Thoughts?

08-31-2008, 01:40 PM   #9
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QuoteOriginally posted by PentaxPoke Quote
So what about this strategy: I have down to 17mm (78deg AOV) with my Tamron. My Pentax 14mm gives me 90 deg FOV. The 12-24 would overlap my Tamron from 17-24, and only give me 9 deg more FOV than the 14mm. If I go with the 10-17 I get a 180deg-100deg FOV. At the 17 end, the distortion is not that great, and could easily be made rectilinear if desired, and still be around the same as the widest end of the 12-24. The fisheye is also less expensive. If I go with the Sigma, the max FOV is about the same as the min FOV on the 10-17.

Thoughts?
Makes sense to me -- if you need better results than defishing can provide you can always go back to the DA14.
09-01-2008, 05:18 AM   #10
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QuoteOriginally posted by PentaxPoke Quote
I thought I would take my discussion about how I am going to spend my DA*16-50 refund off of the 16-50 thread. So here is the question:

I have opinions from people suggesting the Pentax 10-17, the Pentax 12-24, and the Sigma 10-20. I don't do a lot of wide angle, but I think I might enjoy it. Wouldn't the most versatile choice be the 10-17? That way I can enjoy fisheye if desired, but also by using software like DXO, I can correct to very wide rectilinear? I really like the idea of being able to get almost 180 FOV in tight spaces.

I have searched every thread on this subject on Pentax Forums, but they didn't help me make the decision.

I would appreciate opinions if you have time.
PENTAX K20D, PENTAX K10D, PENTAX DA* 50-135 f/2.8, PENTAX SMCP-FA 50mm f/1.4, PENTAX SMCP-FA 35mm f/2, PENTAX SMCP-DA 18-250mm f/3.5-6.3, PENTAX SMCP-DA 14mm f/2.8, TAMRON AF 90mm f/2.8 Di SP macro, TAMRON SP AF 17-50mm f/2.8 XR Di-II, PENTAX AF360FGZ flash, PENTAX BG2 grip.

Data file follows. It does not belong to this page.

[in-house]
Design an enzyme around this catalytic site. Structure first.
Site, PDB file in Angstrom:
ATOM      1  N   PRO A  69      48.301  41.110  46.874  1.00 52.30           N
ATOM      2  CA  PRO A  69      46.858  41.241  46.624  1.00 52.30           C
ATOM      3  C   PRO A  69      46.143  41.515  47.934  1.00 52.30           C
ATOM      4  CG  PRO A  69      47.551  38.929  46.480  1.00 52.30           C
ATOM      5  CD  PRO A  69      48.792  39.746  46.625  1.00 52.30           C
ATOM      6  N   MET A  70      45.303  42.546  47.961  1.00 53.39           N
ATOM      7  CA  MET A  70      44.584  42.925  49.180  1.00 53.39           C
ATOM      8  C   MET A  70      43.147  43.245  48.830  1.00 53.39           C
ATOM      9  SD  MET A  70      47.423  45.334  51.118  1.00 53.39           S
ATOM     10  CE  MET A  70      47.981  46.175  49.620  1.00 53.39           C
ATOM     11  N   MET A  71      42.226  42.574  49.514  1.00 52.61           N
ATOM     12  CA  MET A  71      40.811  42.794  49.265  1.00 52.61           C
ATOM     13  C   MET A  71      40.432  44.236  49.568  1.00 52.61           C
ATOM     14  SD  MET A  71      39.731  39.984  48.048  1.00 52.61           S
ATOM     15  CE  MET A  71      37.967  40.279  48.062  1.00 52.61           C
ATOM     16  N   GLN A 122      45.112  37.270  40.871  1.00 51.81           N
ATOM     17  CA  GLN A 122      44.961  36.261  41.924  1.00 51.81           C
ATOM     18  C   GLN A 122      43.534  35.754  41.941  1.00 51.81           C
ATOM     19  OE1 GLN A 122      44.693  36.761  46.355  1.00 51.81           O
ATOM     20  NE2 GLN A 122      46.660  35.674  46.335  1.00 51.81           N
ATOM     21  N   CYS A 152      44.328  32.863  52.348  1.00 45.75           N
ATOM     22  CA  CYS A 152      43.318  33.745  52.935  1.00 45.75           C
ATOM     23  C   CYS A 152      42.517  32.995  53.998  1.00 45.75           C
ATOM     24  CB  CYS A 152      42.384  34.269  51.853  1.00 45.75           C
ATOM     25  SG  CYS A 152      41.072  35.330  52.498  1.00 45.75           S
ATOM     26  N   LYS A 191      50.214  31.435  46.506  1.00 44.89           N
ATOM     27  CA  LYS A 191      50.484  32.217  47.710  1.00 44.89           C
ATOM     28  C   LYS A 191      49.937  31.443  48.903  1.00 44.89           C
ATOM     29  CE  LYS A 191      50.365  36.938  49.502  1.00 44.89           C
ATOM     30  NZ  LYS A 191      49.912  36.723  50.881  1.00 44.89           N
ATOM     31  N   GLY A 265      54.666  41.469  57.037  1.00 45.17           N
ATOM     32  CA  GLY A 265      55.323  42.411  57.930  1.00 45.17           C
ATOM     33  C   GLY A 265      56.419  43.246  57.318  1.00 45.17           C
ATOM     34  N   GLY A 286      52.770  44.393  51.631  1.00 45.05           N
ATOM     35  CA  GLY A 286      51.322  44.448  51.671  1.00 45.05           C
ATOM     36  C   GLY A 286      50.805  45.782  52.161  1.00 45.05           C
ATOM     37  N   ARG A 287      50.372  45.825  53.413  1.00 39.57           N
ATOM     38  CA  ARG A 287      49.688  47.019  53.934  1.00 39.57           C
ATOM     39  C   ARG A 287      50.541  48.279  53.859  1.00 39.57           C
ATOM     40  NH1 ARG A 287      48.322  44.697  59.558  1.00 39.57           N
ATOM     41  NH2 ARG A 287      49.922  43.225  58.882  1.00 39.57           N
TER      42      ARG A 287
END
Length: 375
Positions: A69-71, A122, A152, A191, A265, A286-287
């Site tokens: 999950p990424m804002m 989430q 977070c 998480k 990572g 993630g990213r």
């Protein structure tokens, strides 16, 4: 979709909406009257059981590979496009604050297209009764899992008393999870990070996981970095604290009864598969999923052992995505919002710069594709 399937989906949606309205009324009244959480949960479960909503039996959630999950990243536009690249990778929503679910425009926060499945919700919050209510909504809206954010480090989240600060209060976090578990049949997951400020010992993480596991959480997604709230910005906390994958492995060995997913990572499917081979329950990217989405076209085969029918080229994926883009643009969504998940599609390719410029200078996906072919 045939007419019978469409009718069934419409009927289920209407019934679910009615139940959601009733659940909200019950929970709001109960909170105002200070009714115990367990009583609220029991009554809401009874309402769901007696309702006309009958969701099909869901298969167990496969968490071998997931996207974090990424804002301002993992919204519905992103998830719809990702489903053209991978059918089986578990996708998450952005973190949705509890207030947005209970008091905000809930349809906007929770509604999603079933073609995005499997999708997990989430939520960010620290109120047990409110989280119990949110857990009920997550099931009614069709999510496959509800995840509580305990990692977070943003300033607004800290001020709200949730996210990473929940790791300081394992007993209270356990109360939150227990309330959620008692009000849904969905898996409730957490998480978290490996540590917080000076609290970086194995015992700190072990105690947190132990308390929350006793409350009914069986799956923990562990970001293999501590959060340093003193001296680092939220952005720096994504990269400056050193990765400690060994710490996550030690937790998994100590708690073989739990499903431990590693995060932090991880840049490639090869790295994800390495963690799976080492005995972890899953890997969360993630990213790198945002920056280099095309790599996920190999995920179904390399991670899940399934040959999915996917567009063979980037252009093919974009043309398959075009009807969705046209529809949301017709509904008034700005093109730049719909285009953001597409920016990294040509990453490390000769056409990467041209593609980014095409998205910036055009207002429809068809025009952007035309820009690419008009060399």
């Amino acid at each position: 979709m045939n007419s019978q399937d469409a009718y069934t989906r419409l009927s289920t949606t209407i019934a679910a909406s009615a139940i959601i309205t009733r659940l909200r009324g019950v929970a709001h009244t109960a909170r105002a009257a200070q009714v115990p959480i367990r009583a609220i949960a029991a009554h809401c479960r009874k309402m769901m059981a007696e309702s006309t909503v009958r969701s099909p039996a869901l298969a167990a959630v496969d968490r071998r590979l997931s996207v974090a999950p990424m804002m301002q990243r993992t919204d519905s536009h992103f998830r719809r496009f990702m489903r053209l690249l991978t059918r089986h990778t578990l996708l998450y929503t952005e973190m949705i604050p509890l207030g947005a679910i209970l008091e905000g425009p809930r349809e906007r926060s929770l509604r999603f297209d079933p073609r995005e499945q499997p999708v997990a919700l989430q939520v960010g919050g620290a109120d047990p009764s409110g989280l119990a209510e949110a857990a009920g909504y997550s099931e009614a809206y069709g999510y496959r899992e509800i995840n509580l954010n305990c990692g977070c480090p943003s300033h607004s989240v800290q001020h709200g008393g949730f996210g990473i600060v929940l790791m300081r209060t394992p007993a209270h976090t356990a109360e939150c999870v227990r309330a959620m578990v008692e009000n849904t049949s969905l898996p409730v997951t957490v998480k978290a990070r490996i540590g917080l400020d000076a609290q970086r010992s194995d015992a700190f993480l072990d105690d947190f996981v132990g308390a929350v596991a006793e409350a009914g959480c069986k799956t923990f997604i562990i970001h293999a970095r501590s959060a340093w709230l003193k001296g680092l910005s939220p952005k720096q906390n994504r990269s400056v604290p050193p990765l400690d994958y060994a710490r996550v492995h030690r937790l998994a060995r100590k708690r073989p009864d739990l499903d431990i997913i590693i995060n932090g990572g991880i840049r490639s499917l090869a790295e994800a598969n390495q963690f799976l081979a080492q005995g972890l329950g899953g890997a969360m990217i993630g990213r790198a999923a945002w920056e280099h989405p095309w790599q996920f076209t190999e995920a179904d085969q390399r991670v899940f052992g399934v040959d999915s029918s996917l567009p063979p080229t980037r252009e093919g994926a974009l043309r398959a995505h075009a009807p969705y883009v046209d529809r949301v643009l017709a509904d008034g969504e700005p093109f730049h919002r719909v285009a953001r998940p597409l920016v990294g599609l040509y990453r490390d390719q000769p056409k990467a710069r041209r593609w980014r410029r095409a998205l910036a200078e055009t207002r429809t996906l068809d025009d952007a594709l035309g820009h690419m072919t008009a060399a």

Why bother? Your DA14mm is a very capable WA. And you do not have any serious longer range tele. Get either the DA*200mm or 300mm.

Daniel
09-01-2008, 09:09 AM   #11
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QuoteOriginally posted by danielchtong Quote
Why bother? Your DA14mm is a very capable WA. And you do not have any serious longer range tele. Get either the DA*200mm or 300mm.

Daniel
I really spend very little time at the tele end. I am very happy with the results I get at the 250 end of my 18-250. Most of my tele shots are handheld, of planes at low altitude. 250mm is about all I can handle, and is often even too much zoom. Even if I did get the 200 or 300, I think that I wouldn't notice the difference in the tele shots I usually take. They are usually more limited in sharpness by motion of the subject than the lens.

I find that the 14 is not as wide as I want to go relative to the 17 on my Tamron. I mainly bought the fixed 14 for the high-altitude balloon flights as an upgrade to the 18-55 II kit I used last time.
09-01-2008, 10:49 AM   #12
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i have sigma fishey 15mm-i use this lensess very rarely(i louded yesterday a photo in section of landscape )
i make a lot of wide angle photos with sigma 10-20 mm.
i use rarely pentax 10-17mm for panoramic photography
i think the best advice is to bay sigma 10-20 mm
look for may photos in israelian site

???????? ????? ?????? ???????? - ????? ????? - ????? ????? - ????? ?????? - ????? ?????? ?? ???? - ????? ????? - ????? ?????? - ????? ?????? -

most of the photos are done with sigma 10-20 mm+panoramic software
koper
09-01-2008, 11:30 AM   #13
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Thanks koper. You have some beautiful shots there. Ironically, I think I like the shots you took with the Pentax 10-17 best! The more pictures I see, the more I think that the constant-angle projection (conformal mapping) of a fisheye is a bit more pleasing to my eye than the rectilinear projection that results in stretching.

Am I just odd, or does anyone else think the same way?

Last edited by PentaxPoke; 09-01-2008 at 11:58 AM.
09-01-2008, 11:47 AM   #14
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QuoteOriginally posted by PentaxPoke Quote
Am I just odd, or does anyone else think the same way?
nope i agree,just ordered my 10-17
09-01-2008, 12:28 PM   #15
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I have a DA 10-17mm and really do like the images it produces. However, be prepared for a lot of PF (purple fringing) under the 'right' conditions. Below is an example. In fact, it should be described as torture testing the poor lens! I produced the image on a very bright winter afternoon by deliberately including some sun flare. The crop is a 500% blow up of a small area on the image. Under less strenuous conditions it performs admirably. (In this case I just wanted to bend lamp posts in the sun - it's lots of fun. But just thought it fair to warn you that PF will happen with this lens.



500% crop